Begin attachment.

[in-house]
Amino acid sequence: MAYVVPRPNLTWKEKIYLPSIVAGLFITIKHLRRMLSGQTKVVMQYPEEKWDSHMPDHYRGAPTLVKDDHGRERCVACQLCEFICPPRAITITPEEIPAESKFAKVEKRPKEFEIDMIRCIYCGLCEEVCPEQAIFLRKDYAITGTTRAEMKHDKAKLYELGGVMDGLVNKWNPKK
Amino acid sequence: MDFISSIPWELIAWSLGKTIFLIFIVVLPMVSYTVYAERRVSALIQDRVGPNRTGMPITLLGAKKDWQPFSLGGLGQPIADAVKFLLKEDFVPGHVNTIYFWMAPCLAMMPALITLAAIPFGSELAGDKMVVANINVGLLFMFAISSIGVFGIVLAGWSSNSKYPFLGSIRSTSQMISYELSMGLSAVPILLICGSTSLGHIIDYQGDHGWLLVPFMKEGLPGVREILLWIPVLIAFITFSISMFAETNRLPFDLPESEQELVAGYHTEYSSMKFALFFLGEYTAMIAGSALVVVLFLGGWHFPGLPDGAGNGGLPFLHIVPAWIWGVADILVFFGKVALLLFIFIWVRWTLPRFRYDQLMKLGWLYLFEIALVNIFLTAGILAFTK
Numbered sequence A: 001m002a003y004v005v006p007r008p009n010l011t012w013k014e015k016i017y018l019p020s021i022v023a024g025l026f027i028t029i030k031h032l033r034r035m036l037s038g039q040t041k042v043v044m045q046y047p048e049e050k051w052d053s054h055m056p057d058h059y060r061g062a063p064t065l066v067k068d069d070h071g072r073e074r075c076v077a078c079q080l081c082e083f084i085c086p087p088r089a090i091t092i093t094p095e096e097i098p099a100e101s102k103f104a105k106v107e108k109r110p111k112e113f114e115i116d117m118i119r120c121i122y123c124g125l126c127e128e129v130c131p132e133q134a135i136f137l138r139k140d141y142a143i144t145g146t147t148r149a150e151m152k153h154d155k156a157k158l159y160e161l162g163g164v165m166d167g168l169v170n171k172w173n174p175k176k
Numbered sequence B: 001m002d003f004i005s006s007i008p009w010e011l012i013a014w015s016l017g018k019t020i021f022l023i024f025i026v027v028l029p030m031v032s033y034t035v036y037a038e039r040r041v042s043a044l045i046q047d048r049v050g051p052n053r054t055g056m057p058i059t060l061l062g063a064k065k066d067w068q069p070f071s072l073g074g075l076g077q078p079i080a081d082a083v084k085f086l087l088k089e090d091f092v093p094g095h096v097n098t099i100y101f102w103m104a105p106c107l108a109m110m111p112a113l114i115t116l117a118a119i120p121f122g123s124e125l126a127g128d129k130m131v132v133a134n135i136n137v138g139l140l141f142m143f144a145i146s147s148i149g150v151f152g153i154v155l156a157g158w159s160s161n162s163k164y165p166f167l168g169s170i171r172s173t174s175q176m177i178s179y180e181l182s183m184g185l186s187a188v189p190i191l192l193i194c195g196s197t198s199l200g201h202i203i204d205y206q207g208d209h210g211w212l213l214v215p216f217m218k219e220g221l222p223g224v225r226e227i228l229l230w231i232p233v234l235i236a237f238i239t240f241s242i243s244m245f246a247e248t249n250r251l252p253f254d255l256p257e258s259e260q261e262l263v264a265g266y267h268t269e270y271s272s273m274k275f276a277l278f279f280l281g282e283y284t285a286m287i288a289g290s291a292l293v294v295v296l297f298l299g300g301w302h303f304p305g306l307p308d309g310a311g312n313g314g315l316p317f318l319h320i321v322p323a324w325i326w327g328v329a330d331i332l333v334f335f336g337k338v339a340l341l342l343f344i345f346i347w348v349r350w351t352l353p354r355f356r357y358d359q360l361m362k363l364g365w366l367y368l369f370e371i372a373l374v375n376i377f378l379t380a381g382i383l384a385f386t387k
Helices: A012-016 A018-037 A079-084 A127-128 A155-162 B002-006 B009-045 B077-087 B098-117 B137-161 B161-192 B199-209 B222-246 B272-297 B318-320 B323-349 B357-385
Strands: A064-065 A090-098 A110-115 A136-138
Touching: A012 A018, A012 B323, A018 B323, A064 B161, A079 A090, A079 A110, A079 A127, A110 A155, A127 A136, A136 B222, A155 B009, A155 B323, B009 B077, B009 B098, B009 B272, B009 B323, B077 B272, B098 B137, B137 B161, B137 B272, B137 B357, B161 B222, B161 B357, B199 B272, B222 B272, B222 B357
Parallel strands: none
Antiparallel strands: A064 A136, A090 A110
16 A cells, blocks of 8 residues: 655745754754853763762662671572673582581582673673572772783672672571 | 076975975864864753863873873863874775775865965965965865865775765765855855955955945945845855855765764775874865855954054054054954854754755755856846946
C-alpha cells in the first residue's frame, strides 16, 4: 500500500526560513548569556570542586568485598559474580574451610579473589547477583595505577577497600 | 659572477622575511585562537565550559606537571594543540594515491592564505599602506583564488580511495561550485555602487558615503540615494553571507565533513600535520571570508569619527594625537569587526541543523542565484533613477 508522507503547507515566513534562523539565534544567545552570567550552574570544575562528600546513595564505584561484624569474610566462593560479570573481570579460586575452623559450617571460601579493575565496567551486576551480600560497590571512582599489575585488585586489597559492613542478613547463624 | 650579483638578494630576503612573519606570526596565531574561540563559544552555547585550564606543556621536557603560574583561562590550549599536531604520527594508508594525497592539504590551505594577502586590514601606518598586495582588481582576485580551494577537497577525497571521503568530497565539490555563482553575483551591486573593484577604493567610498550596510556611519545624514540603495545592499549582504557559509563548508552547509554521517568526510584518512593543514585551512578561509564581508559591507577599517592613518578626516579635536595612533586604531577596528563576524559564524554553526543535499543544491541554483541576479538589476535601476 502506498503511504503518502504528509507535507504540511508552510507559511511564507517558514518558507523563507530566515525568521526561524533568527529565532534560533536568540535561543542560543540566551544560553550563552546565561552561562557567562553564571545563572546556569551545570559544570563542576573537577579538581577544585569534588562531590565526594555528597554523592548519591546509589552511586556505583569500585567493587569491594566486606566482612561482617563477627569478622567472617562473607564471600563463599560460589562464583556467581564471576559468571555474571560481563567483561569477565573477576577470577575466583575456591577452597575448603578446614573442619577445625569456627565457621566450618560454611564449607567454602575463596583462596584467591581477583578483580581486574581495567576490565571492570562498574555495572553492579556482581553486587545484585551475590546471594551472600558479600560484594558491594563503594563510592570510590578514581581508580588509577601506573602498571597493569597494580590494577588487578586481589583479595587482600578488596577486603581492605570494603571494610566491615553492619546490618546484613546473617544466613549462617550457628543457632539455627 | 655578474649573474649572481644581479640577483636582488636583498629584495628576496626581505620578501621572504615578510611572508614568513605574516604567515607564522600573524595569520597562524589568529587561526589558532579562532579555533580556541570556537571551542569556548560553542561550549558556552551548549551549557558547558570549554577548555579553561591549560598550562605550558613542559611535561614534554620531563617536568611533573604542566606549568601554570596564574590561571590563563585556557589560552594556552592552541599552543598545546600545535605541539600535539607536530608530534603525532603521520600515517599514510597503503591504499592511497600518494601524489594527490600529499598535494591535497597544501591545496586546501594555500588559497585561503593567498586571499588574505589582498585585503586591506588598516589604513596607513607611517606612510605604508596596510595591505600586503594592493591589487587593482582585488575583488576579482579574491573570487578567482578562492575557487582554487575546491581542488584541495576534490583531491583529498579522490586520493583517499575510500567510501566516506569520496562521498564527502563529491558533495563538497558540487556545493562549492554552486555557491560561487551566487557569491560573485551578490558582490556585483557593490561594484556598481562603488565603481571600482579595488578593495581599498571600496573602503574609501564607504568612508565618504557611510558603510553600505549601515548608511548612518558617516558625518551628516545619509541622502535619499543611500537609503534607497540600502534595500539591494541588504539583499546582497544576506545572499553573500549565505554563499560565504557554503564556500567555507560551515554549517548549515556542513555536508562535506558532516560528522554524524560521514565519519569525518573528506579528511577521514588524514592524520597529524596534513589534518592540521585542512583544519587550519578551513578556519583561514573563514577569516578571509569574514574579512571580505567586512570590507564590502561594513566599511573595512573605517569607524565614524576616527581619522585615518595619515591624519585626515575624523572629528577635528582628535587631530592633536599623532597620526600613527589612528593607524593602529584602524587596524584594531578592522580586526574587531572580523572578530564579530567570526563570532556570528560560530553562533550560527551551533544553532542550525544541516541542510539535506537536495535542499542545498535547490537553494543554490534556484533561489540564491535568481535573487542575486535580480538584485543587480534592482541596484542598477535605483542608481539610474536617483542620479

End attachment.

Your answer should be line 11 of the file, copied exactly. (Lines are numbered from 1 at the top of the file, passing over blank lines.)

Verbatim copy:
16 A cells, blocks of 8 residues: 655745754754853763762662671572673582581582673673572772783672672571 | 076975975864864753863873873863874775775865965965965865865775765765855855955955945945845855855765764775874865855954054054054954854754755755856846946